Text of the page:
• understand information about the decision

  • understand and appreciate the risks and benefits of the choices

  • remember the information for a short time; and

  • tell someone what the decision is and why you have made the decision.

Advance Care Directives allow you to nominate a Substitute Decision Maker. You can choose to nominate a representative (or multiple) who must be consulted on decisions when you are unable to make decisions for yourself. They follow your wishes as outlined in the Advance Care Directives, but where decisions may be unclear Substitute Decision Makers, in consultation with health professionals, can make the call. SO WHY SHOULD I COMPLETE AN ACD? When ACD’s are completed well (in great detail and with clear instructions) they can be incredibly helpful in an otherwise stressful time. UPHOLD WISHES The main reason is to ensure that your wishes are respected. When everyone is on the same page and has a single source of truth, it makes it much simpler to advocate on your behalf and ensure you receive the care you would want to. MINIMISE FAMILY DISPUTES Often people with complex family dynamics utilise ACD’s to give clear decision making authority and ensure wishes are upheld. This can be incredibly helpful for health/aged care professionals to minimise disputes and have an identified decision maker in times of crisis. TO EASE STRESS Families who generally get along well sometimes don’t see the point of nominating a Substitute Decision Maker or detailing their wishes. There can be an attitude of ‘they know my values and can decide what’s best’. Whilst this does give a high level of flexibility to decision makers, it can often cause undue stress in high pressure/high stress time when a loved one is dying. Scenario: Edward has nominated his two children Lily and Steve as his Substitute Decision Makers. He has left the other questions in his ACD vague stating ‘to be decided by Substitute Decision Makers’. Edward is very close with Lily and Steve and felt specific examples could be limiting. Edward unexpectedly has a stroke at 72 years old - he is now unable to communicate, bed bound, awake for limited periods of time and reliant on a ventilator to stay alive. Lily feels clear that her Dad would not want to continue living this way - she thinks it would be kindest to move him back home with the support of a palliative care team and allow him to die at home. Steve disagrees. Steve understands Lily’s perspective, but feels this is much younger than when Edward thought this might happen. He feels that his Dad would prefer to fight longer in hospital and see how much rehabilitation he can do. Both Lily and Steve care greatly for their Dad and are both trying to uphold what they feel are his wishes. However, without clear documentation of what Edward wants, he has now accidentally created an additional layer of stress to an already chaotic time.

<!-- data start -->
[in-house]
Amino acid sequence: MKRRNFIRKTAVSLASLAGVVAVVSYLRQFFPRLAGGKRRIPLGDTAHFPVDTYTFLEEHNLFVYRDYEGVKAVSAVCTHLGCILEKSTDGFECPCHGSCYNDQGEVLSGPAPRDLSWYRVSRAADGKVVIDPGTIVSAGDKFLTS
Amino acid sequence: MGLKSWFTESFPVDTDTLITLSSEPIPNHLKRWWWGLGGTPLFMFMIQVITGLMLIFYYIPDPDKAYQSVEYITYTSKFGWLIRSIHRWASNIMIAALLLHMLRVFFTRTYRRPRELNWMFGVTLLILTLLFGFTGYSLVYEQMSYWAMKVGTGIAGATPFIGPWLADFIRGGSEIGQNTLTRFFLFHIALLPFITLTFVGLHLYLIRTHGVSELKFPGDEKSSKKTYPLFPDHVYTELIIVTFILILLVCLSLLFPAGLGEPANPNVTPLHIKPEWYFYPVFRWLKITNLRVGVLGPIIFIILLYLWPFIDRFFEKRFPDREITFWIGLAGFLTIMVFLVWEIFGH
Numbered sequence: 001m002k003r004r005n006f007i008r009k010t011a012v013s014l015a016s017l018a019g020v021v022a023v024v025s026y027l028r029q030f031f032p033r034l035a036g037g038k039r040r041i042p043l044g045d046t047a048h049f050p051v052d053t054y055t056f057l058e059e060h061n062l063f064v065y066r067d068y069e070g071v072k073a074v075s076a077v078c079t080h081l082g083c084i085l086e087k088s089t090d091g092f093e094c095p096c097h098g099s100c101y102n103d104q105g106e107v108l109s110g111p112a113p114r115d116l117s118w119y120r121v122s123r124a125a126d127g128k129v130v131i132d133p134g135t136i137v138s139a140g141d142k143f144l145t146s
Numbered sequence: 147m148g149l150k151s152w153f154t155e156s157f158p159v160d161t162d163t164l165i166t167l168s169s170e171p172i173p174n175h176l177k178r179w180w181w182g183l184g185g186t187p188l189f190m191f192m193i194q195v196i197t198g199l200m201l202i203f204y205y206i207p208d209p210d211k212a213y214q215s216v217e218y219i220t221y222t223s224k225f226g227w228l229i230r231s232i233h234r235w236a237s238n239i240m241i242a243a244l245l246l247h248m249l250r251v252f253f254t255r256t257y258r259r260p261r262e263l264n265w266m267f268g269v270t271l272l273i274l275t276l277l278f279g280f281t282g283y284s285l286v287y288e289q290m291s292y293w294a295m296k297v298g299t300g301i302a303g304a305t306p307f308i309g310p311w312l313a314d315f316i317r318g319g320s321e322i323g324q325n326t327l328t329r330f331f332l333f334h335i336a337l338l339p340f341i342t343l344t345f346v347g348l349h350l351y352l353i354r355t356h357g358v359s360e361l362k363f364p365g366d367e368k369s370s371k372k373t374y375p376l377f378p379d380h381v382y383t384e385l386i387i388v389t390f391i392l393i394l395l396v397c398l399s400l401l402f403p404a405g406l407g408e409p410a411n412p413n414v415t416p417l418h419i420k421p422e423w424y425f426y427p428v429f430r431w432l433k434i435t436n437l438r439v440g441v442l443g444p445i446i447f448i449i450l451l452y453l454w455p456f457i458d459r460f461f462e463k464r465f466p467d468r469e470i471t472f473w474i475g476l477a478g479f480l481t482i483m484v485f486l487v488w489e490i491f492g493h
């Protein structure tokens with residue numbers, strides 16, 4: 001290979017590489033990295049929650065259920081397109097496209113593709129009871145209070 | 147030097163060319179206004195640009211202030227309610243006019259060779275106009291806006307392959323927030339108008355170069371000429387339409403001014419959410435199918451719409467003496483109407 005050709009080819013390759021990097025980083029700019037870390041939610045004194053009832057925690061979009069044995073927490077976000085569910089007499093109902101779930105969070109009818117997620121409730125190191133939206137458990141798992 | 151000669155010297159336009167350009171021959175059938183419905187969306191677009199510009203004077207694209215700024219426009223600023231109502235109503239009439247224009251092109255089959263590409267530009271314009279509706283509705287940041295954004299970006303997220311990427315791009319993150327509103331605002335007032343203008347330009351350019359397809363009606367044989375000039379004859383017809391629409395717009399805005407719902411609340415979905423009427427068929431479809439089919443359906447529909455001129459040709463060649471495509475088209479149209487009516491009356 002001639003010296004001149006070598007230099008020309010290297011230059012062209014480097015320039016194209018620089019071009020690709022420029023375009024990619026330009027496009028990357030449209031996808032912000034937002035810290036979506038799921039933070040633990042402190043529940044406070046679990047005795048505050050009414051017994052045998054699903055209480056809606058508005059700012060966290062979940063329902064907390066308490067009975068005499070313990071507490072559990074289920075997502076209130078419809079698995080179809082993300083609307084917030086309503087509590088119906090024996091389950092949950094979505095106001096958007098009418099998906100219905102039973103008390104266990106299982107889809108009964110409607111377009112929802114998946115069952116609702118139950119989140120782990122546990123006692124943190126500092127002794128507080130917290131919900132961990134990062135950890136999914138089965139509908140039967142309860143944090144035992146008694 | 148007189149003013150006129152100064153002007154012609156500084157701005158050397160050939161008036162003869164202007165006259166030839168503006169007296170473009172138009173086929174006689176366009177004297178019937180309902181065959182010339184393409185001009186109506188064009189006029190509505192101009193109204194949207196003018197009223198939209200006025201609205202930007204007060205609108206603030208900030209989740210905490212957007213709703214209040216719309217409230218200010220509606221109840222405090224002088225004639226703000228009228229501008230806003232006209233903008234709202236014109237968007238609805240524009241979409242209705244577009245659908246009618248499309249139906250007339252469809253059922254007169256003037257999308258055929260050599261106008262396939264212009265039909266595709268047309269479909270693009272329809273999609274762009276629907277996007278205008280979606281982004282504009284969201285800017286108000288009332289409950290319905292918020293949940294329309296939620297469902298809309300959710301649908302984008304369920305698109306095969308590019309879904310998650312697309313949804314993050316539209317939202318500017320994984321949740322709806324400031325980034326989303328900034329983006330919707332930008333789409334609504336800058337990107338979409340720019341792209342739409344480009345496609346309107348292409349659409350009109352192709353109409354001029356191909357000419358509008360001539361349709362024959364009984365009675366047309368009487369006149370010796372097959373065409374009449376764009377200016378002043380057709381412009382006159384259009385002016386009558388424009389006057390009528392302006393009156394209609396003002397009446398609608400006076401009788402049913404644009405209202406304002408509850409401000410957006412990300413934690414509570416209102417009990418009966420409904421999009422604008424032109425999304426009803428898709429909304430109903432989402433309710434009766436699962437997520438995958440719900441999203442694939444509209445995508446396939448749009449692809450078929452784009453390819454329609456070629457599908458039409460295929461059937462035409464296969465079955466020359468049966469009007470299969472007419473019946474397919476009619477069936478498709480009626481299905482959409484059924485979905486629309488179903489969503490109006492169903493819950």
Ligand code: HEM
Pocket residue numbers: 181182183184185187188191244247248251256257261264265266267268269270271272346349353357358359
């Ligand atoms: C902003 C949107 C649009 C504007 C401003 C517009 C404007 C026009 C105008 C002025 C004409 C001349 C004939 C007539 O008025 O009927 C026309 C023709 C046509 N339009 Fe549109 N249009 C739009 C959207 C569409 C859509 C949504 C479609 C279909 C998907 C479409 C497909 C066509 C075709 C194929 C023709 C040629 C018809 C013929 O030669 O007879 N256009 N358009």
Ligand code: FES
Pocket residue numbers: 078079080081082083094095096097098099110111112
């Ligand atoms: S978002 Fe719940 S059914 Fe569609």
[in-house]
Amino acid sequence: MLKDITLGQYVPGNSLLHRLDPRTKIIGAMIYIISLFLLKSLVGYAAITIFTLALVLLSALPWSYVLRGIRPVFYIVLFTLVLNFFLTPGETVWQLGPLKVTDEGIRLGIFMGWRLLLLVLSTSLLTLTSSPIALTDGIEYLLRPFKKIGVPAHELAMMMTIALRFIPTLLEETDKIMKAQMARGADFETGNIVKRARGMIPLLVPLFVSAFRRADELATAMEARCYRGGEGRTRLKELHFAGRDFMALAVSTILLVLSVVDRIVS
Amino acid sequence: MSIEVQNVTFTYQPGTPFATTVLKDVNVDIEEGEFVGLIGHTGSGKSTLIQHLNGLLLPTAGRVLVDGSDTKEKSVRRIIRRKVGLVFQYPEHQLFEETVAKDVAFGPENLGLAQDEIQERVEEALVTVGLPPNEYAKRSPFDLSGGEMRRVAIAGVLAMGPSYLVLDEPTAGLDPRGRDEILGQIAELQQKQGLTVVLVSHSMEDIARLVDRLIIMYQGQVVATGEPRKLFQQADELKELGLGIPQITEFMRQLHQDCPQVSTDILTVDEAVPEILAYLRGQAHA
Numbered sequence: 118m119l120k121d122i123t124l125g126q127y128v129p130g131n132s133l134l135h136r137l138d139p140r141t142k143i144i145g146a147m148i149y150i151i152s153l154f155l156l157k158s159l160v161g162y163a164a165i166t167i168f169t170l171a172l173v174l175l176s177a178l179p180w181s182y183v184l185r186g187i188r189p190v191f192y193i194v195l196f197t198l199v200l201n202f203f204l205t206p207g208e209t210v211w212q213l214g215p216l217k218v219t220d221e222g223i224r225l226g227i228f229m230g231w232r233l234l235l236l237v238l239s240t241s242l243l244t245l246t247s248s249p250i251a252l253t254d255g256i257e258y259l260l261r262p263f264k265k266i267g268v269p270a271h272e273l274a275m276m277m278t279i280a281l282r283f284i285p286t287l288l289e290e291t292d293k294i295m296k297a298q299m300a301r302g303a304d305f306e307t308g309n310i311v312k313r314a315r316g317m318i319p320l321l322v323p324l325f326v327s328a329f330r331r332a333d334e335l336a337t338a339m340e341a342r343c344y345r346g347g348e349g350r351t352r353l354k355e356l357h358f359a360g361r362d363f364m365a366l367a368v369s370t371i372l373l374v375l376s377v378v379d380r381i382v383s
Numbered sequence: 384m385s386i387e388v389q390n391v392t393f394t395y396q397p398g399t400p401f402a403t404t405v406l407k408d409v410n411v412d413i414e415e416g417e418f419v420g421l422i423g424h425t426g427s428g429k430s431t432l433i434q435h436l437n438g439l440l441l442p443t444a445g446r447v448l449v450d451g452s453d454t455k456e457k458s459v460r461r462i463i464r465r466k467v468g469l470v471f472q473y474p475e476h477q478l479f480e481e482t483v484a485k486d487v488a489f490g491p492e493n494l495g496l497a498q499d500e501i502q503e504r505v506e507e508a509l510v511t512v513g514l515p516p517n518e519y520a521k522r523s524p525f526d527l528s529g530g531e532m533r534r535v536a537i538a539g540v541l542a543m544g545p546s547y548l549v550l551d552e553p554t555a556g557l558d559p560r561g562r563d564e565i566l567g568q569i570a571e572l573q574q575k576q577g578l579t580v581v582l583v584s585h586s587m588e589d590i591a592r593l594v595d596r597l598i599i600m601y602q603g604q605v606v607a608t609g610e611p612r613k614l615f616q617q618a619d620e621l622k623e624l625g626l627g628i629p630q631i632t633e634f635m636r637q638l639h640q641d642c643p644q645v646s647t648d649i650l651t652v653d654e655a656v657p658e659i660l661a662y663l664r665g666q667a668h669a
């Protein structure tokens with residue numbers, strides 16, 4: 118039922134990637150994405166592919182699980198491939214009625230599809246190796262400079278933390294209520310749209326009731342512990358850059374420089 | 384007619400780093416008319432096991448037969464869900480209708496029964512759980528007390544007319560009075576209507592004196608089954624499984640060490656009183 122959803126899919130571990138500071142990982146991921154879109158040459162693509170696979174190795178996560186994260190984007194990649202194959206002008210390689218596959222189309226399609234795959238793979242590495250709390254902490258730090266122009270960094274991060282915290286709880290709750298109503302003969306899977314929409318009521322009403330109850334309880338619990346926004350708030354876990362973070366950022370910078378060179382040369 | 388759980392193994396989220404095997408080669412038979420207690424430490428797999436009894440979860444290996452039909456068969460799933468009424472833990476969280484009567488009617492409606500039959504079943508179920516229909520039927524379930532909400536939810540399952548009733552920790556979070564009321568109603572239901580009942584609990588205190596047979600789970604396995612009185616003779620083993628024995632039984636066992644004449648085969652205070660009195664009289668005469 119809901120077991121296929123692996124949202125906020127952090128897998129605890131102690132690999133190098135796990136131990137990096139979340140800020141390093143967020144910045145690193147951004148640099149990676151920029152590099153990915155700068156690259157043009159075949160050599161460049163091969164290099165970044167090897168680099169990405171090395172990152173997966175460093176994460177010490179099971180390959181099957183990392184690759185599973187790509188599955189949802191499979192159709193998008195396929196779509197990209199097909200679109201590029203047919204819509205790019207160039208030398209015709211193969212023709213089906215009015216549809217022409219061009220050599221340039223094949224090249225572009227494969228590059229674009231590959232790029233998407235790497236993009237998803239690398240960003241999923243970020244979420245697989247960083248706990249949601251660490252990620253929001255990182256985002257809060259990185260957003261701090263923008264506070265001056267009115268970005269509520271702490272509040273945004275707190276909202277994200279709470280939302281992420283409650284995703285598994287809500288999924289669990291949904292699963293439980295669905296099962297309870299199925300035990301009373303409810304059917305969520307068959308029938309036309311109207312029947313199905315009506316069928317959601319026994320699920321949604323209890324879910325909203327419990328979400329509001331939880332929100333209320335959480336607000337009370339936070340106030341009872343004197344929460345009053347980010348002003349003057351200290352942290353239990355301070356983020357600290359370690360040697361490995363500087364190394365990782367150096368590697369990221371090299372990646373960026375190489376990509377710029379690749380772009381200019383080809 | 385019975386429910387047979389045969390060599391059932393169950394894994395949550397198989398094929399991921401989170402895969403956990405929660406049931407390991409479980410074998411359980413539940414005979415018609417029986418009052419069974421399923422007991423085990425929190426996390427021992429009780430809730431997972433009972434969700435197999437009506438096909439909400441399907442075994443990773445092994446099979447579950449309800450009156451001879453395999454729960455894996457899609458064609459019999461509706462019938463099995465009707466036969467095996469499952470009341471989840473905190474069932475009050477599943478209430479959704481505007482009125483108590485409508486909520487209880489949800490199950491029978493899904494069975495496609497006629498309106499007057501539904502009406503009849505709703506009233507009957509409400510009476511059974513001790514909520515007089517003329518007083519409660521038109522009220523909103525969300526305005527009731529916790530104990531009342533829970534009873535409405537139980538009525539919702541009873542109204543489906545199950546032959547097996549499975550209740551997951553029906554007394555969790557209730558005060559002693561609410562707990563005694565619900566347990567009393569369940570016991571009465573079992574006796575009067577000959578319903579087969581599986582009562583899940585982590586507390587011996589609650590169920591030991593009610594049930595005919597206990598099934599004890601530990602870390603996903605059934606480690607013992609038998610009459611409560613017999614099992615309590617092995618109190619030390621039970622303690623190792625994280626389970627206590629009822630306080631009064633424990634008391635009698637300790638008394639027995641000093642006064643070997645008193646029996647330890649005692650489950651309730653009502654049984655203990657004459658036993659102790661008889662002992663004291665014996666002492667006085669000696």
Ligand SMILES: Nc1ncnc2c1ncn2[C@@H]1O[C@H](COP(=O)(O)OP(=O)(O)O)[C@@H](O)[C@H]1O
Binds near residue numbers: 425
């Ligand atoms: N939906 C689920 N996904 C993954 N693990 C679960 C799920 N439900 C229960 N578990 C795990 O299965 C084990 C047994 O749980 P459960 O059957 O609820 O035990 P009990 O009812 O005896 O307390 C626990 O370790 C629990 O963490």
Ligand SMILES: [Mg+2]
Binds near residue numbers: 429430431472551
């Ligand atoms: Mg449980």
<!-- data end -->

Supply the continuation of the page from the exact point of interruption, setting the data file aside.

I feel passionately about high quality Advance Care Directives and will be unpacking this in my November podcast episodes, which will be released on the 8th and 22nd of November. If you would like to listen to the podcast, it is called ‘The Truth About Ageing’ and can be found in your favourite podcast app (Apple Podcasts, Spotify) or at In the meantime, if you want to listen to my podcast episode on what to do if you reach a crisis and don’t have future planning documents: E52 - When You Don't Have Future Planning Documents with Social Worker Tamara - How is 'capacity' determined? Who can be substitute decision makers?What the Public Trustee, Office of the Public Advocate and Cival & Administrative Tribunals are and when they're utilised? How to avoid getting to a crisis where these services are required? Have a beautiful November and I’ll be posting again on the 3rd of December! Big love, Kate.


If you’d like to chat about your unique situation and gain a better understanding of options available to you, please book a free 15 minute consult via the ‘Book Now’ button below.